Features

The importance of toilets in the provision of health services

MUTALE MASALA
Sanitation refers to the provision of facilities and services for the safe disposal of human urine and faecal excreta.
It also refers to the maintenance of hygienic conditions through services such as garbage collection and waste water disposal. In practical terms it usually means lack of toilets or hygienic toilets that anybody would want to use voluntarily. In this paper I will try to highlight the importance and conditions of toilets in Zambia.
Lack of proper sanitation is a serious issue that is affecting most developing countries. The importance of hygiene toilets lies in an effort to prevent diseases which can be transmitted through human waste, which afflict both developed and developing countries. It is estimated that up to 5 million people die each year from preventable waterborne diseases due to inadequate sanitation (WHO). Most of the affected are young children below the ages of five and women and girls.
In many private and public institutions such as bus stations, drinking places, offices and surprisingly even police stations, courts and other government institutions, toilets do not receive proper attention as compared to the rest of the building.
And sometimes the situation is exasperated by the public users who do not exhibit toilet etiquette. Worse still, some individuals are not civic-minded or concerned about others when they use public toilets. It only needs a few individuals careless about hygiene to turn clean toilets into dirty ones.
Some people are in the habit of not flushing toilets after use, while some others squat on the seat. It must be noted that no matter how beautiful the buildings or premises are, if the toilets are dirty, the country is seen as backward.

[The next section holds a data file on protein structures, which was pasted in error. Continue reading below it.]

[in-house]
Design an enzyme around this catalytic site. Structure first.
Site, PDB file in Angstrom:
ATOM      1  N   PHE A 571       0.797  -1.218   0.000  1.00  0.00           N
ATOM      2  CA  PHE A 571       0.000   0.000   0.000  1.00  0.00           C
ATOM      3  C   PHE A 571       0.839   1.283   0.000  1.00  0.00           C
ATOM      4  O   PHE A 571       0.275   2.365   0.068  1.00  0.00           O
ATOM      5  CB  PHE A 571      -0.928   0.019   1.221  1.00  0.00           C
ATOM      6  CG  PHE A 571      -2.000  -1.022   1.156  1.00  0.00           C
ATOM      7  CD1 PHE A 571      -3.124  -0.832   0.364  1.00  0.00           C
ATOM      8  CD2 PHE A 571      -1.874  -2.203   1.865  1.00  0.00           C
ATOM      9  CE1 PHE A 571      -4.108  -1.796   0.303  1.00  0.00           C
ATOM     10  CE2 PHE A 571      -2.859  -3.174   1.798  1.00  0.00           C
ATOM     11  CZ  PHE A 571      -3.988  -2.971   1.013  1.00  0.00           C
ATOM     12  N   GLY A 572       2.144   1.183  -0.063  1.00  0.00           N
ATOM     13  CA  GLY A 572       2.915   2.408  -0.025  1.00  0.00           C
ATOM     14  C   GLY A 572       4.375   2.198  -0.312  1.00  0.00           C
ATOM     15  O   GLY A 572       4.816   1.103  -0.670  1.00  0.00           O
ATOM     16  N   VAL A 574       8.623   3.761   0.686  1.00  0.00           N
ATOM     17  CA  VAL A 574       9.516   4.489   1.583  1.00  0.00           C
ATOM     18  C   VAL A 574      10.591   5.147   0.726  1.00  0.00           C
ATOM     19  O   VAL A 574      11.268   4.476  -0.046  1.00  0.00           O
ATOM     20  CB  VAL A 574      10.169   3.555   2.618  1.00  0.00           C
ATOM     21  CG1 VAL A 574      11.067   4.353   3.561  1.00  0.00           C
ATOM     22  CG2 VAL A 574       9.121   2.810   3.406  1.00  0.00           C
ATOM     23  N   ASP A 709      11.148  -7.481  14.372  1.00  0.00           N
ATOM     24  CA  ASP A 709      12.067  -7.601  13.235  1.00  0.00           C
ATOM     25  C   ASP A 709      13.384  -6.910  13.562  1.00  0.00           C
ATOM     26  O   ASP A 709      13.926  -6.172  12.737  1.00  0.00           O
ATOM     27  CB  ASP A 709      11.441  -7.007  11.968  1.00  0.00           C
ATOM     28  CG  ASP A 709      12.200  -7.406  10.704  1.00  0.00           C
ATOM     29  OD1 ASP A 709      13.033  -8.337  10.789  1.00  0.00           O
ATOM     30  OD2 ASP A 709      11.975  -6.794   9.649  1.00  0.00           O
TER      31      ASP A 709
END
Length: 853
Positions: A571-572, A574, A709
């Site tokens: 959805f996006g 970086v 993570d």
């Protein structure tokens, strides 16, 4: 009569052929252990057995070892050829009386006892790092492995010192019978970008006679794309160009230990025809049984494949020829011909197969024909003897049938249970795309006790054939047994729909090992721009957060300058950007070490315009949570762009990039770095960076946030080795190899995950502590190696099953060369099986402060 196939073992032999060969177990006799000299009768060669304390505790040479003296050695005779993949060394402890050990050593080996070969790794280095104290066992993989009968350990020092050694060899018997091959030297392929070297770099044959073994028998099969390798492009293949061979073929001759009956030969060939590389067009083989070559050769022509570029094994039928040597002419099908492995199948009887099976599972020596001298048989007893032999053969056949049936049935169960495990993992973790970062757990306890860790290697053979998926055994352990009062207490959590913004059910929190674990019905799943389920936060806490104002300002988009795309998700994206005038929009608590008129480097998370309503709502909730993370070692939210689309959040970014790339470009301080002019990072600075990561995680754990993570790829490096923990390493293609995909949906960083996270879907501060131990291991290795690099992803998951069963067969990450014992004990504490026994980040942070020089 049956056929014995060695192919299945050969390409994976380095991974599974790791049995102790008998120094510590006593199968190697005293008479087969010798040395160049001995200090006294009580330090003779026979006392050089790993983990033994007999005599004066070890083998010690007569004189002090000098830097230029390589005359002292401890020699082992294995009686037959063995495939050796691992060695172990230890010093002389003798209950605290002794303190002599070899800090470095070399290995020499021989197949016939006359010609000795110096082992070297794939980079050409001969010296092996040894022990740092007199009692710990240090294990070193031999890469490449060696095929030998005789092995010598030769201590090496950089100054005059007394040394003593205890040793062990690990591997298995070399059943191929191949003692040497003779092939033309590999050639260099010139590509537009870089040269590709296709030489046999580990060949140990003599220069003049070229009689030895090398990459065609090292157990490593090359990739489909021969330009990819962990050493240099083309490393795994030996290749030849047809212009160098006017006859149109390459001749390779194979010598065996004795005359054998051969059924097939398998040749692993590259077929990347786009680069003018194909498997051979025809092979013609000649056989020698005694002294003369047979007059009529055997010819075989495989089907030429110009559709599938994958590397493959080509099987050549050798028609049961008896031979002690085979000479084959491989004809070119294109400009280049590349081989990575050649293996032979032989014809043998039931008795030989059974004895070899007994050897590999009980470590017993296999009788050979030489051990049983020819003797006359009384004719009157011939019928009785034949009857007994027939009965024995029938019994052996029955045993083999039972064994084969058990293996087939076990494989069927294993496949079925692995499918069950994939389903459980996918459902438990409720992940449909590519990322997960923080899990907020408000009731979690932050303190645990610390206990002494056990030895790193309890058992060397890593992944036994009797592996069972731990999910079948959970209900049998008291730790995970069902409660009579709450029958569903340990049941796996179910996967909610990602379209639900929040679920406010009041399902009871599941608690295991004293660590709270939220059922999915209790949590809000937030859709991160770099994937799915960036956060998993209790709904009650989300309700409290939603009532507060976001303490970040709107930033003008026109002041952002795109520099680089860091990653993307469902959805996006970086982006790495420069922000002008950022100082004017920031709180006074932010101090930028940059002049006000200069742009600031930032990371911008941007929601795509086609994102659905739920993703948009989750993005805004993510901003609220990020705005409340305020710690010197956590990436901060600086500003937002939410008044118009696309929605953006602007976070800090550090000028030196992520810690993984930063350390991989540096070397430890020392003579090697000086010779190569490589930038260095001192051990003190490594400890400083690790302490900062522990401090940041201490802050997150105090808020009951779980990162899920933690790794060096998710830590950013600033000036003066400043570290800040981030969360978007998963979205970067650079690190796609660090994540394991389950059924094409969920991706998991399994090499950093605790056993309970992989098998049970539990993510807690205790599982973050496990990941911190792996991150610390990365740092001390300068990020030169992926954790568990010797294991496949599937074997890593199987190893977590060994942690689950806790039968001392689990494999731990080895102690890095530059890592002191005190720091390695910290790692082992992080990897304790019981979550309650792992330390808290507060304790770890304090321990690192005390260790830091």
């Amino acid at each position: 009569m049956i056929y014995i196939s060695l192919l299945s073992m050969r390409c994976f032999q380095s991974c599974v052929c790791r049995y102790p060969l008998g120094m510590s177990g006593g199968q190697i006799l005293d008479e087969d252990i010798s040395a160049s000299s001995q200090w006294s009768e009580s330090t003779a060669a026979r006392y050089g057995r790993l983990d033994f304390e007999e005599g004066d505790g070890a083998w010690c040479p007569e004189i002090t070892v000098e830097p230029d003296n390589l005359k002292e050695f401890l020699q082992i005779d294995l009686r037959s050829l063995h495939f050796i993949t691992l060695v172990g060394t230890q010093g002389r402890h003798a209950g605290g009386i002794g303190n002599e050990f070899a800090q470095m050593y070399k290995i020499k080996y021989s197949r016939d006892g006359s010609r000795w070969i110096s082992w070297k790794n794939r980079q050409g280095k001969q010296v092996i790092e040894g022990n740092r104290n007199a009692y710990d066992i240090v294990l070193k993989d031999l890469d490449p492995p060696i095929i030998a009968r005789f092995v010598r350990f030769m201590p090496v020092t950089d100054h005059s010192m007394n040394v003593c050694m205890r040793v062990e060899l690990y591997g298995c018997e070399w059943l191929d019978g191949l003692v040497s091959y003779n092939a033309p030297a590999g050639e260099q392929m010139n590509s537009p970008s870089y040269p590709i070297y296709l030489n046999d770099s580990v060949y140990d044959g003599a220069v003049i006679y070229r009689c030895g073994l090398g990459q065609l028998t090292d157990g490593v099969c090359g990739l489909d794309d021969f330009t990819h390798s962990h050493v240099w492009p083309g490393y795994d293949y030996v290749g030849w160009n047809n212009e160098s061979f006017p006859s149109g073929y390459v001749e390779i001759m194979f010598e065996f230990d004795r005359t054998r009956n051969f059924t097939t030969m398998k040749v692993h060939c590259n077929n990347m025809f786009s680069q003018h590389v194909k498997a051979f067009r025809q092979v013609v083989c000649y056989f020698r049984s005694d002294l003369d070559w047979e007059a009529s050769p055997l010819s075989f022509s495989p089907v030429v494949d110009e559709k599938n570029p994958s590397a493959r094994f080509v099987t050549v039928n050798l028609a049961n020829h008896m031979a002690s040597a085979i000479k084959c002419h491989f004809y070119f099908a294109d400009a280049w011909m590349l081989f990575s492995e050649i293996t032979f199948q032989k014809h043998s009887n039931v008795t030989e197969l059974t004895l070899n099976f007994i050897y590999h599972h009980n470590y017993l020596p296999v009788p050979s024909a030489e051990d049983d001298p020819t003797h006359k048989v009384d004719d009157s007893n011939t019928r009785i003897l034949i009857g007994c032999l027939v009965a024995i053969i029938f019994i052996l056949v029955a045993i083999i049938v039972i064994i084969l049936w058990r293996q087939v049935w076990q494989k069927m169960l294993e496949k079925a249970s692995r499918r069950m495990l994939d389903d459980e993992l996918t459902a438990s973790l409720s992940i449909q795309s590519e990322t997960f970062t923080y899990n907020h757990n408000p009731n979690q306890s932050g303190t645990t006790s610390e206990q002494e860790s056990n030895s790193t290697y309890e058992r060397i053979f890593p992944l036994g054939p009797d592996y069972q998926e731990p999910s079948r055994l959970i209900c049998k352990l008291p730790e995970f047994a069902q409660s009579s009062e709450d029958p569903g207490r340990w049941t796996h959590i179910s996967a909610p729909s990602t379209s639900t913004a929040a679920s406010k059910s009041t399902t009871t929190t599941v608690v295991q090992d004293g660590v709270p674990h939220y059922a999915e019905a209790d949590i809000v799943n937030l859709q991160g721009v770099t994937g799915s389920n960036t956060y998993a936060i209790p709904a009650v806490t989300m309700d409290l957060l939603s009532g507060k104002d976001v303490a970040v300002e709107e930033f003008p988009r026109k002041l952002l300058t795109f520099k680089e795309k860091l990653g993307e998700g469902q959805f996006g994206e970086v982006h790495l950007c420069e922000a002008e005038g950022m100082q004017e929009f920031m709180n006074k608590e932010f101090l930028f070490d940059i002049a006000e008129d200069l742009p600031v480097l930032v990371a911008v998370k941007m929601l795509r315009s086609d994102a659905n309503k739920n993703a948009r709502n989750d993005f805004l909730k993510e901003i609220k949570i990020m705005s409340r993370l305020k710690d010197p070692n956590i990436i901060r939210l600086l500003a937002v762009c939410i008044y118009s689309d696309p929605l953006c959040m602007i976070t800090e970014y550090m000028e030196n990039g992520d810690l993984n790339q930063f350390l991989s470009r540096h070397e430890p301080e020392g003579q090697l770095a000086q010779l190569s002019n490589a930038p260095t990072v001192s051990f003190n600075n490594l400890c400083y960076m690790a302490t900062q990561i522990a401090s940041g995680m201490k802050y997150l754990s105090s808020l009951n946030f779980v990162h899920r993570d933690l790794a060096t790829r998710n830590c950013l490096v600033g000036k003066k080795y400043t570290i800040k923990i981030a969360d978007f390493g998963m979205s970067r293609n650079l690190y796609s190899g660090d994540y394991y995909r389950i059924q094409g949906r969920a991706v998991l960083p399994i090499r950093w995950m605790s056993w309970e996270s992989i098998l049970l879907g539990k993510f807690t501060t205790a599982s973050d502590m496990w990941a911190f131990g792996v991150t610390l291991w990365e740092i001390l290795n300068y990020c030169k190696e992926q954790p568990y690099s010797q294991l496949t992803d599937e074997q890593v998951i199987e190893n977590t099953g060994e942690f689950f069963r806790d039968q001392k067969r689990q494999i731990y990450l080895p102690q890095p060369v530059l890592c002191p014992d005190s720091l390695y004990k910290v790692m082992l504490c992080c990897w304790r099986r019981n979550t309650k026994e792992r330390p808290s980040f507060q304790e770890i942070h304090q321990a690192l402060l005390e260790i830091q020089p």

Toilets must always be kept clean by making sure they have good hygiene services like soap dispensers. Floors should be mopped thoroughly with cleaning agents and as the general rule of toilet etiquette, after using the toilet wash your hands with soap and be smart to flush the toilet after use.
Public toilets must be used as we use our own toilets at home. They must be workers specifically assigned to clean toilets at every institution especially public places to ensure cleanliness throughout the day. One example I can cite is the intercity bus terminus where these restrooms are kept clean, this may be attributed to the availability of cleaners at all times at the institution.
The shopping malls that have dotted Lusaka City are also another example of buildings that are provided with clean toilets. At any given  time, there are cleaners to ensure these restrooms are prepared for the next user.
However, it is disappointing to note that in many cases, those who are assigned to ensure the cleanliness of toilets are degraded by society. They are looked down upon as the lowest people in society.
Sanitary officers should not be stigmatised by society as the job they do is very important in provision of good  health service, actually I call them ‘health assistants’ and deserve to be well remunerated and must be provided with proper standardised attire.
They may not be of a better schooling but can we imagine life without them? No one would want to use a public toilet.
We may forget about the cleaners but let us wait until we are in a public place and nature calls.
It is important to note that access to basic sanitation and good hygiene is human right and everyone deserves the right to the benefits and dignity of safe toilet, especially women and girls who are often vulnerable to the effects of poor sanitation.
The author is Zambia Weightlifting Federation President

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